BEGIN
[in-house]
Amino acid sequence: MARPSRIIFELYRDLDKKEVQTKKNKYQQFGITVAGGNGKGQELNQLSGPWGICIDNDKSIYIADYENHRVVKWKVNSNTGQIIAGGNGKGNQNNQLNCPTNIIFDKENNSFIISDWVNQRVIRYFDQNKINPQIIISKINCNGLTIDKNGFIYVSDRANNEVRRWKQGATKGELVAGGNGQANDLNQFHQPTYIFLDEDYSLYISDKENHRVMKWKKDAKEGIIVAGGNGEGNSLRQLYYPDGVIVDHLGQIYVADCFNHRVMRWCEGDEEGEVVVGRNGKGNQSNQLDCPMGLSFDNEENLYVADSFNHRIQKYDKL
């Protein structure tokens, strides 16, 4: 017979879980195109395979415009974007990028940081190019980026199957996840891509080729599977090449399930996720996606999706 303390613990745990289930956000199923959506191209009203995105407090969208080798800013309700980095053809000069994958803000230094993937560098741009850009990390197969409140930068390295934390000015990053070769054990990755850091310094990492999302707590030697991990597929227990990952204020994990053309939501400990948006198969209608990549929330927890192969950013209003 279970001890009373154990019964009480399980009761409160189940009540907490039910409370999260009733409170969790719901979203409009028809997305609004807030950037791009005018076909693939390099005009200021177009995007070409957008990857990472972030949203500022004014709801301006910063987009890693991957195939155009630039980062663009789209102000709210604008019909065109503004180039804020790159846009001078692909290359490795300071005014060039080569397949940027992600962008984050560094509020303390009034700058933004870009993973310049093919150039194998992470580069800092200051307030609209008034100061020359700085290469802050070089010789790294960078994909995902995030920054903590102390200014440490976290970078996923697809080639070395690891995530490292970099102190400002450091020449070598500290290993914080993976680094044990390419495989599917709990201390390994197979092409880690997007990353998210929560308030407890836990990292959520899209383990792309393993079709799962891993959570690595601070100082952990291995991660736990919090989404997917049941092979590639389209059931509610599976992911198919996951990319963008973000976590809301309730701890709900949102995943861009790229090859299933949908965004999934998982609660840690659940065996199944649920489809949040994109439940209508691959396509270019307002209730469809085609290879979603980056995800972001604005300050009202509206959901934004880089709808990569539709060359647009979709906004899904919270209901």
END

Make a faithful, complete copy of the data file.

[in-house]
Amino acid sequence: MARPSRIIFELYRDLDKKEVQTKKNKYQQFGITVAGGNGKGQELNQLSGPWGICIDNDKSIYIADYENHRVVKWKVNSNTGQIIAGGNGKGNQNNQLNCPTNIIFDKENNSFIISDWVNQRVIRYFDQNKINPQIIISKINCNGLTIDKNGFIYVSDRANNEVRRWKQGATKGELVAGGNGQANDLNQFHQPTYIFLDEDYSLYISDKENHRVMKWKKDAKEGIIVAGGNGEGNSLRQLYYPDGVIVDHLGQIYVADCFNHRVMRWCEGDEEGEVVVGRNGKGNQSNQLDCPMGLSFDNEENLYVADSFNHRIQKYDKL
């Protein structure tokens, strides 16, 4: 017979879980195109395979415009974007990028940081190019980026199957996840891509080729599977090449399930996720996606999706 303390613990745990289930956000199923959506191209009203995105407090969208080798800013309700980095053809000069994958803000230094993937560098741009850009990390197969409140930068390295934390000015990053070769054990990755850091310094990492999302707590030697991990597929227990990952204020994990053309939501400990948006198969209608990549929330927890192969950013209003 279970001890009373154990019964009480399980009761409160189940009540907490039910409370999260009733409170969790719901979203409009028809997305609004807030950037791009005018076909693939390099005009200021177009995007070409957008990857990472972030949203500022004014709801301006910063987009890693991957195939155009630039980062663009789209102000709210604008019909065109503004180039804020790159846009001078692909290359490795300071005014060039080569397949940027992600962008984050560094509020303390009034700058933004870009993973310049093919150039194998992470580069800092200051307030609209008034100061020359700085290469802050070089010789790294960078994909995902995030920054903590102390200014440490976290970078996923697809080639070395690891995530490292970099102190400002450091020449070598500290290993914080993976680094044990390419495989599917709990201390390994197979092409880690997007990353998210929560308030407890836990990292959520899209383990792309393993079709799962891993959570690595601070100082952990291995991660736990919090989404997917049941092979590639389209059931509610599976992911198919996951990319963008973000976590809301309730701890709900949102995943861009790229090859299933949908965004999934998982609660840690659940065996199944649920489809949040994109439940209508691959396509270019307002209730469809085609290879979603980056995800972001604005300050009202509206959901934004880089709808990569539709060359647009979709906004899904919270209901």